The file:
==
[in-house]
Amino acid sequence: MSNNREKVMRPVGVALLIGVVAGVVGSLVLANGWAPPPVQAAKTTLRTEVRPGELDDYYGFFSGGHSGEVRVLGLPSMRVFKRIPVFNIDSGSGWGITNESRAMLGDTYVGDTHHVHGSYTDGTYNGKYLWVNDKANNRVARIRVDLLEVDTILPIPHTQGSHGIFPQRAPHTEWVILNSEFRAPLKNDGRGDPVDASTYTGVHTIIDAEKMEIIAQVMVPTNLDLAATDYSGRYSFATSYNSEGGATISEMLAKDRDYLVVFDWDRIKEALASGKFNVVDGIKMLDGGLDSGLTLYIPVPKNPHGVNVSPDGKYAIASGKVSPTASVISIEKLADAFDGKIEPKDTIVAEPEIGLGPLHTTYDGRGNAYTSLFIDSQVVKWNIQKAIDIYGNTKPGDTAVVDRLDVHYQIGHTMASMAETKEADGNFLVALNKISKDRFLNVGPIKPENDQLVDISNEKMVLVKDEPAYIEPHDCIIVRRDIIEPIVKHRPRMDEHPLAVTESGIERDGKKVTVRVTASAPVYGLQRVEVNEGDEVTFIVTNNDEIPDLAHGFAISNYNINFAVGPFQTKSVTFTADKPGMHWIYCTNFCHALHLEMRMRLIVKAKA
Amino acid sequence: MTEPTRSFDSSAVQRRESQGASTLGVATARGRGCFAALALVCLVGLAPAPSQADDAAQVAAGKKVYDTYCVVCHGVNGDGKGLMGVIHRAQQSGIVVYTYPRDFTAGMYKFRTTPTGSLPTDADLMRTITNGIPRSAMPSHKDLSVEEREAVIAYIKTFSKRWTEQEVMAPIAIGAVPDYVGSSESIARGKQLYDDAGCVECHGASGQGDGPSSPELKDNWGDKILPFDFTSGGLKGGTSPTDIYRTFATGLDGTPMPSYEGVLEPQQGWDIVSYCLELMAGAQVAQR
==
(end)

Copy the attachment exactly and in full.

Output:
[in-house]
Amino acid sequence: MSNNREKVMRPVGVALLIGVVAGVVGSLVLANGWAPPPVQAAKTTLRTEVRPGELDDYYGFFSGGHSGEVRVLGLPSMRVFKRIPVFNIDSGSGWGITNESRAMLGDTYVGDTHHVHGSYTDGTYNGKYLWVNDKANNRVARIRVDLLEVDTILPIPHTQGSHGIFPQRAPHTEWVILNSEFRAPLKNDGRGDPVDASTYTGVHTIIDAEKMEIIAQVMVPTNLDLAATDYSGRYSFATSYNSEGGATISEMLAKDRDYLVVFDWDRIKEALASGKFNVVDGIKMLDGGLDSGLTLYIPVPKNPHGVNVSPDGKYAIASGKVSPTASVISIEKLADAFDGKIEPKDTIVAEPEIGLGPLHTTYDGRGNAYTSLFIDSQVVKWNIQKAIDIYGNTKPGDTAVVDRLDVHYQIGHTMASMAETKEADGNFLVALNKISKDRFLNVGPIKPENDQLVDISNEKMVLVKDEPAYIEPHDCIIVRRDIIEPIVKHRPRMDEHPLAVTESGIERDGKKVTVRVTASAPVYGLQRVEVNEGDEVTFIVTNNDEIPDLAHGFAISNYNINFAVGPFQTKSVTFTADKPGMHWIYCTNFCHALHLEMRMRLIVKAKA
Amino acid sequence: MTEPTRSFDSSAVQRRESQGASTLGVATARGRGCFAALALVCLVGLAPAPSQADDAAQVAAGKKVYDTYCVVCHGVNGDGKGLMGVIHRAQQSGIVVYTYPRDFTAGMYKFRTTPTGSLPTDADLMRTITNGIPRSAMPSHKDLSVEEREAVIAYIKTFSKRWTEQEVMAPIAIGAVPDYVGSSESIARGKQLYDDAGCVECHGASGQGDGPSSPELKDNWGDKILPFDFTSGGLKGGTSPTDIYRTFATGLDGTPMPSYEGVLEPQQGWDIVSYCLELMAGAQVAQR